Midrash and Method
Midrash and Method
on the weekly parasha by
Meir Levin

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Lech Lecha 5765

Exchanging letters.

The penchant of Chazal to exchange spelling and sound of words and letters for purposes of exegesis is well attested in interpretations that use technique such as "al tikri' and "eim l'mesores". We have touched upon this subject in Midrash Ha'azinu . This week we have an opportunity to discuss another aspect of this fascinating exegetical function.

And you name shall not be called anymore Avram but Avraham shall your name be, for I had placed you to be father of nations (av hamon goyim) (Bar. 17,5)

R. Yochanan said: Where is the source for reading abbreviations[1] as a method of the Torah? It states: Av (Ra) Ha M = Av Hamon Goyim.

A(leph) - av (father) I have placed you for nations
V(eis) - bachur (chosen) I have placed you for nations
H(ei) - chaviv (precious) I have placed you for nations I have placed you for nations
M(em) - melech(king) I have placed you for nations
V(av) - vatik( exemplary) I have placed you for nations
N(un) - ne'emon (faithful) I have placed you for nations
(Shabbos 105a)

Let us us leave the first lo, the one that follows the word "shiches" aside for now and focus solely on the second lo (Lamed aleph). If understood as written, it says something to the effect of "it is not blemishes of His children". If read as it sounds, it would mean "children who are His, it is their blemishes". The meanings are opposite. Here, following the pronunciation (lamed vav) will result in an opposite meaning than when following the spelling (lamed aleph).

Let's look at Sifri:[2]

We will leave a discussion of Notrikon for another time. What I would like to focus on this week is the reading of Hei in the name Avrohom as Ches (Hei for Chaviv).

Torah Temima to this verse, echoing Maharsha in Shabbos 105a, points out that reading letters hei as if it was ches and vice versa is quite common in rabbinic exegesis[2]. Torah Tamima cites 15 such examples from the Talmud Bavli, Yerushalmi and Midrash. The Maharsho explains that this is because 1. written shapes of these two letters are similar 2. they are pronounced in the same general location in the mouth.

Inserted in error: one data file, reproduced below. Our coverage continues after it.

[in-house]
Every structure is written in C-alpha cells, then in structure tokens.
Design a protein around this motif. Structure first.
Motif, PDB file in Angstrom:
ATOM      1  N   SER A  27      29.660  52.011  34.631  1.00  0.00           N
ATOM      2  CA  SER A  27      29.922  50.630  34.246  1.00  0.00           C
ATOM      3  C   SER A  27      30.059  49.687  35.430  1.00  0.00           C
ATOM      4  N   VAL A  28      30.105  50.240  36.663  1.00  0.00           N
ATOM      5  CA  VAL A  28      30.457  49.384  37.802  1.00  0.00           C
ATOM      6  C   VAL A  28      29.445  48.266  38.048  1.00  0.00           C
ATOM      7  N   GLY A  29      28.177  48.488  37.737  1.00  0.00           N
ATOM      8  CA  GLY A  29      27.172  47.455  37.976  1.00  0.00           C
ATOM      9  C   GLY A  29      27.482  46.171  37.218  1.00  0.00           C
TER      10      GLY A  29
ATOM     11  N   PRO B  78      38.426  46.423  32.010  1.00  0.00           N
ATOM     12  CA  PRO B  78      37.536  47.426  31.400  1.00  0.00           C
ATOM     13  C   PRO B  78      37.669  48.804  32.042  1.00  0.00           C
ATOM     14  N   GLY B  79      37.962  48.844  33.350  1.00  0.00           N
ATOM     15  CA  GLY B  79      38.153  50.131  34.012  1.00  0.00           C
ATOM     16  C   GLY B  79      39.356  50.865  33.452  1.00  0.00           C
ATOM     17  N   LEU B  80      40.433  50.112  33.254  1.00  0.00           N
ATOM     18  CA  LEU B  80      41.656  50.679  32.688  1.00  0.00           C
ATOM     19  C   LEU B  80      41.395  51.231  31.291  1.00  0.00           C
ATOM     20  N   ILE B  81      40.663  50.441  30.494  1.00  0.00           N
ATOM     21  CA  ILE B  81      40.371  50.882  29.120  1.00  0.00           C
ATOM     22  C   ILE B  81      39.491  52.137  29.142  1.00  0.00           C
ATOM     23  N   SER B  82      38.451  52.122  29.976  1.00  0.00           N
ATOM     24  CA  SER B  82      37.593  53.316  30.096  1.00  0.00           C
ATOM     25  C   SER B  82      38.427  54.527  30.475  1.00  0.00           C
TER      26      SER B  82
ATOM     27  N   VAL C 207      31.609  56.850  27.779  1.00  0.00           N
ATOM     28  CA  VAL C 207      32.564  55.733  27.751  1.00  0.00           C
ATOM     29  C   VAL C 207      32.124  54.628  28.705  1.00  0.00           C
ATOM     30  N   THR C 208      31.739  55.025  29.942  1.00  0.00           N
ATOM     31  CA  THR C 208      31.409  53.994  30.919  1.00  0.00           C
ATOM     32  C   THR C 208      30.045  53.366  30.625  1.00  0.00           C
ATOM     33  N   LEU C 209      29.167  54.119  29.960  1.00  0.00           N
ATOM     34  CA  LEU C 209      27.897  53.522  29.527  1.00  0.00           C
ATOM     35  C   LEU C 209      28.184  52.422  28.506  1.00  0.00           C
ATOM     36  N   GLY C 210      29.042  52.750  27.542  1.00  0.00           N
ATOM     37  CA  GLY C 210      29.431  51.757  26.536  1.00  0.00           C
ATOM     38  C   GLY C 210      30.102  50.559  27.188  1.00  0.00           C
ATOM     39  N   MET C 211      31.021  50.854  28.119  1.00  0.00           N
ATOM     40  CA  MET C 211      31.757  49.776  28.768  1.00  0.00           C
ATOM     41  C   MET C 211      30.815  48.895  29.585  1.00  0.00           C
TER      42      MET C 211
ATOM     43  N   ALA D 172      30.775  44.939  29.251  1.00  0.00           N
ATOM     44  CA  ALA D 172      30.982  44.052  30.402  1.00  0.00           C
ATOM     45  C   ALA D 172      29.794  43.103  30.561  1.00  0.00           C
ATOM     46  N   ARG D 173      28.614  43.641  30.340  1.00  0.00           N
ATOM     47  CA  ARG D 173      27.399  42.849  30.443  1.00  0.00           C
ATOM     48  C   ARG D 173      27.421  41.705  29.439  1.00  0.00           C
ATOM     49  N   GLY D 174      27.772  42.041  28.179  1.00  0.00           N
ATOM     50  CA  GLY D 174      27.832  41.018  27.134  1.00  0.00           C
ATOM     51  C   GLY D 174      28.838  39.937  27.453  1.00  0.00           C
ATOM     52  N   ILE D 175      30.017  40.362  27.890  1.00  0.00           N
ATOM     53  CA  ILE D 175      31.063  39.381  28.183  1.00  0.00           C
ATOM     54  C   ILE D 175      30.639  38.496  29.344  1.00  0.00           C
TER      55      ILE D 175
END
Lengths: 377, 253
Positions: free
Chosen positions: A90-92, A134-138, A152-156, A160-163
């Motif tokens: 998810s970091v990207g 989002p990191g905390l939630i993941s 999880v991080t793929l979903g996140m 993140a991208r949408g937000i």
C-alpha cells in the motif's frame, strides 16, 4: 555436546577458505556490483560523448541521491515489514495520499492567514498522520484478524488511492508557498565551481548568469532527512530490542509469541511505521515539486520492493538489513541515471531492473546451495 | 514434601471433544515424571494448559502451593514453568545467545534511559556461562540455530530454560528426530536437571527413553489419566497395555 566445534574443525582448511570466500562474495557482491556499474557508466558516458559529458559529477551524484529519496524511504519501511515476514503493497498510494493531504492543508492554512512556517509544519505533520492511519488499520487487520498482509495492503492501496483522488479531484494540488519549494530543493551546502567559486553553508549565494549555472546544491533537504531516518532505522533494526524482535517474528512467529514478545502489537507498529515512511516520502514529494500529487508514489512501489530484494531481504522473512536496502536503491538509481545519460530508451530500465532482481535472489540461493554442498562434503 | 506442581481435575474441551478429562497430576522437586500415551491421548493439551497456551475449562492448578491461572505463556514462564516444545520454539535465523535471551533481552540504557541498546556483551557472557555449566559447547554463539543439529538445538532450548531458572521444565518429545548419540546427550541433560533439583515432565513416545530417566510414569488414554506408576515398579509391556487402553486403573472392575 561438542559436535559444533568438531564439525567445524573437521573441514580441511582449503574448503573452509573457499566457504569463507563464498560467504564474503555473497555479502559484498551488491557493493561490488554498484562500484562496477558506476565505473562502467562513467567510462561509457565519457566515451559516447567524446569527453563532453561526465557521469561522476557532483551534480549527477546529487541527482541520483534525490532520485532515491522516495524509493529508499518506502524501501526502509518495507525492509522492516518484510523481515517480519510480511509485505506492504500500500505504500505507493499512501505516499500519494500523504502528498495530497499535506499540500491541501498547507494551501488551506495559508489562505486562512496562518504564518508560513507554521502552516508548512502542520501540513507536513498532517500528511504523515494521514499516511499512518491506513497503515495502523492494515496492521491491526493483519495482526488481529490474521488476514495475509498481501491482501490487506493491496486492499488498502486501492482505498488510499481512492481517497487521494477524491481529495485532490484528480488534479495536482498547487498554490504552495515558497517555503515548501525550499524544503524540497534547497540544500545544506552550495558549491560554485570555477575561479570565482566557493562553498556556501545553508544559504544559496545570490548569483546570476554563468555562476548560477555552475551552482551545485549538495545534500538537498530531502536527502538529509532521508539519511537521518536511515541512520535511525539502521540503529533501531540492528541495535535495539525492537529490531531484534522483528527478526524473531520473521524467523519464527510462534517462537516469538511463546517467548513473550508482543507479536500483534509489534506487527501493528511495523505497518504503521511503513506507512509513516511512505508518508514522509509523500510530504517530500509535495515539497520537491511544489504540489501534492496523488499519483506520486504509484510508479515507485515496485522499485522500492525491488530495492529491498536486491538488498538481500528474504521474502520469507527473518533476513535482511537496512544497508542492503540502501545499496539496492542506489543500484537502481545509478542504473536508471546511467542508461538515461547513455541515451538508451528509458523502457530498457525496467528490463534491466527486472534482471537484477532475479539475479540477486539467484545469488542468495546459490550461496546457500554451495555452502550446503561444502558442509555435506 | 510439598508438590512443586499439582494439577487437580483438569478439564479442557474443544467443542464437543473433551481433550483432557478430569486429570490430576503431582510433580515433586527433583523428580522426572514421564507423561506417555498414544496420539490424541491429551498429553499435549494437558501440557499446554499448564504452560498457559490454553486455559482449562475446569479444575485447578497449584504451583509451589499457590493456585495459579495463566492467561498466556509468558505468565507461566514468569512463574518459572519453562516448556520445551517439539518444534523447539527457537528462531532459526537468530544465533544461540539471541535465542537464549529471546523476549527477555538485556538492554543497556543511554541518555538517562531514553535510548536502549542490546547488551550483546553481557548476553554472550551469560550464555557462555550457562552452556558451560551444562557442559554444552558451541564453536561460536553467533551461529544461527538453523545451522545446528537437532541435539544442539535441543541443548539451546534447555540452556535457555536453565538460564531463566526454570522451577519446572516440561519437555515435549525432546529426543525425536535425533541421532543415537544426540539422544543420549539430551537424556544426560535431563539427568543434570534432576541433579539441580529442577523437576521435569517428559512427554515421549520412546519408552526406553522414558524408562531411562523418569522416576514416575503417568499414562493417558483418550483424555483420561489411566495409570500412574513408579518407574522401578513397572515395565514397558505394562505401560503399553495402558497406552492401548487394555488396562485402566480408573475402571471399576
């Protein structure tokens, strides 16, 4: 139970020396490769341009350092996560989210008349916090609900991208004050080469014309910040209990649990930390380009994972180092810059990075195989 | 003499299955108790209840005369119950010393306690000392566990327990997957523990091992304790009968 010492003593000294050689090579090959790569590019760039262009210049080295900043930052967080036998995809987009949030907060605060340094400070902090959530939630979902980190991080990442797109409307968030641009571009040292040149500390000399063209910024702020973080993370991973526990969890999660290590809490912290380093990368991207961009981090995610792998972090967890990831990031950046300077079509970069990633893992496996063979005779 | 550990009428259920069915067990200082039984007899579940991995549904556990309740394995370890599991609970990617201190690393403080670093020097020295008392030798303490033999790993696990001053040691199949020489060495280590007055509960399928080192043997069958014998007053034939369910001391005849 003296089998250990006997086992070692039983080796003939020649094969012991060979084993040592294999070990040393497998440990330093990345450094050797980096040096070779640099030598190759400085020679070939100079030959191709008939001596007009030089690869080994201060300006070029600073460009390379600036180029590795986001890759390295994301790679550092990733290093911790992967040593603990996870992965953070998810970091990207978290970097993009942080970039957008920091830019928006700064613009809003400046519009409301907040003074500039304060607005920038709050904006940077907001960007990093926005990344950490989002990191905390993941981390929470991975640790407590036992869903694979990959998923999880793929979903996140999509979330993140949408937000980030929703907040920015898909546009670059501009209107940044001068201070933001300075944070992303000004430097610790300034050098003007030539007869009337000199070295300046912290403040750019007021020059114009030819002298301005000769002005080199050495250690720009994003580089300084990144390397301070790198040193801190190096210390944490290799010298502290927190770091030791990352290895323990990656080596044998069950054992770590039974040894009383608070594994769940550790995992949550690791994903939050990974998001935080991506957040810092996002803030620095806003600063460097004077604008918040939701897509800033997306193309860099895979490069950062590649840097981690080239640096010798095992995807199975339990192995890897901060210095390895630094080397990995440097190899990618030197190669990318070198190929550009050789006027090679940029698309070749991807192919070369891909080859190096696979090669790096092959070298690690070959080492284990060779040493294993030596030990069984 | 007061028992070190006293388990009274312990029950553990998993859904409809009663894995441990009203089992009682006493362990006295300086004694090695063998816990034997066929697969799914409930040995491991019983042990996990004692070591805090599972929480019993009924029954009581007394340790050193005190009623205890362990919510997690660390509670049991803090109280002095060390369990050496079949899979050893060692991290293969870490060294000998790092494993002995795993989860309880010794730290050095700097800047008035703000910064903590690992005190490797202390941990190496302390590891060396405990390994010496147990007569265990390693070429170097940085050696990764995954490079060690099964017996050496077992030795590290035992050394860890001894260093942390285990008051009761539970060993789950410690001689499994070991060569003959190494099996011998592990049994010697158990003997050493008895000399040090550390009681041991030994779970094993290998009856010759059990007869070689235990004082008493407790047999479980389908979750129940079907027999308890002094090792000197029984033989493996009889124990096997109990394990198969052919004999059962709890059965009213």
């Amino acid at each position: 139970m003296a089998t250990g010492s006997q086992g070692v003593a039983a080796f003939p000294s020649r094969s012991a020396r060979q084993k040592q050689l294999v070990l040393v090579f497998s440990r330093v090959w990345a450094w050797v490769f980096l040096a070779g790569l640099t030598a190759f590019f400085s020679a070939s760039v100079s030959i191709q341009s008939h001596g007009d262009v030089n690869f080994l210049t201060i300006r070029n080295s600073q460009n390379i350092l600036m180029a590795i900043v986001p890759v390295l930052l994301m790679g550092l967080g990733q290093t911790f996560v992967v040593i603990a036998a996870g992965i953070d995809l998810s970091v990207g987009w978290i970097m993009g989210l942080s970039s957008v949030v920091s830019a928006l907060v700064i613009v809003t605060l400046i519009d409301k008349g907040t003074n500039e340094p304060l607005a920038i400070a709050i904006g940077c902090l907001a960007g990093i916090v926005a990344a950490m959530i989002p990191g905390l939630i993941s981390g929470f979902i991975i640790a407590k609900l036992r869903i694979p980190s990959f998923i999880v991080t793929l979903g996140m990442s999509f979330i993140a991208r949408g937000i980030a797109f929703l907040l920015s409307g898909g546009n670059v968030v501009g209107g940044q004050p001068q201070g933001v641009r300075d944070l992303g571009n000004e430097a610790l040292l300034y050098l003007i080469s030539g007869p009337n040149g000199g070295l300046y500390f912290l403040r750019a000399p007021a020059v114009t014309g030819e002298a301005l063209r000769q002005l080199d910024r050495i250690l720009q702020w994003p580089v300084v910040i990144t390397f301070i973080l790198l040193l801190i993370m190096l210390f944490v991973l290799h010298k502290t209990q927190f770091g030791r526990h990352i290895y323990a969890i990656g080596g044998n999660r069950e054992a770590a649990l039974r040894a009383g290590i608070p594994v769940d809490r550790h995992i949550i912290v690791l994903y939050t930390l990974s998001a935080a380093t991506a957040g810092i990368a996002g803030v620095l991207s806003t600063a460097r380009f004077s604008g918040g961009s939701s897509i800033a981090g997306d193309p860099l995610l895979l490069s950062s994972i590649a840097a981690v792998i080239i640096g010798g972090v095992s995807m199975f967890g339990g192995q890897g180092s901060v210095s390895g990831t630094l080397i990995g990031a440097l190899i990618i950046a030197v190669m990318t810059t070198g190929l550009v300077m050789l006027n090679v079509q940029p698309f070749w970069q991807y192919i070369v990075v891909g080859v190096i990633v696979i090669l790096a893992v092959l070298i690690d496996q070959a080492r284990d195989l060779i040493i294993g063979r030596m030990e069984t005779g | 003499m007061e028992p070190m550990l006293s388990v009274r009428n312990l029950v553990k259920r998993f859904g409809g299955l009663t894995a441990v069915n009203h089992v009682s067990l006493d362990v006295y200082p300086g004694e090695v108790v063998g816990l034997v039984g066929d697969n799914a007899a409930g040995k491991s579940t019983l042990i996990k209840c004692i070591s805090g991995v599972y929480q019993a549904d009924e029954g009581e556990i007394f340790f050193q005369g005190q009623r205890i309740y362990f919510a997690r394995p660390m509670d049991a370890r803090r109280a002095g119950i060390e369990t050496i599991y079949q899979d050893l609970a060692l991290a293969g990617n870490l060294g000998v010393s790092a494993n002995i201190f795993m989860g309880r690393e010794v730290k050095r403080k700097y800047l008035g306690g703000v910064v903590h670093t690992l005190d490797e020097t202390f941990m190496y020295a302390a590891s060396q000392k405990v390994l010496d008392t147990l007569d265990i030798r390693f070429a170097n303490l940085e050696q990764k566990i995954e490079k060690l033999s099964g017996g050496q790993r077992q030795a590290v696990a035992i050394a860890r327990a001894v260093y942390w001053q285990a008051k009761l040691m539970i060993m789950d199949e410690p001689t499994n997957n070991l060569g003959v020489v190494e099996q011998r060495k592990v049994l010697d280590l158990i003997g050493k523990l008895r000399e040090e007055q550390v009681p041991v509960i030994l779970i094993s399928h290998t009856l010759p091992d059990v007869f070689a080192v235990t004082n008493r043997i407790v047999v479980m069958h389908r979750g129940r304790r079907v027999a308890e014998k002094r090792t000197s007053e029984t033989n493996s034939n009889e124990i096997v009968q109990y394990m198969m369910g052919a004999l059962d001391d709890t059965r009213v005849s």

Let us take and analyze each of these explanations separately.

1. The similarity of written shape.

As surprising as it may be for those who grew up with a notion that language developed out of grunts and shrieks of primitive cavemen and that writing, as a secondary phenomenon, came much later, the Chazal as well as rishonim[3], believed it to have been a divine gift. Writing was created on the 6th day ofcreation (Avos 5,9). If Hebrew is a planned language, similarity between the shapes of hei and ches may carry information that can be drawn out and utilized.

This notion was widely shared. Even a pashtan like Ibn Ezra in Shemos 1, 16 (and similarly in Yesod Mora 11) uses this reasoning to explain why the hei at the end of a word often changes into the letter tov.[4] He finds the justification for that in the similarity between their written forms. "For this is because hei and tov are similar in writing and there is no difference between them save extending a dot from hei (to make a tov).This is a sign that the script in our hands[5] is the original Hebrew script. "[6]

2. Pronounced in the same location in the mouth

Why would the origin of the sound within the mouth serve as a justification for exegetically exchanging such seemingly different letters? To begin to understand this approach to interpretation requires us to ponder the overall rabbinic approach to written and oral texts.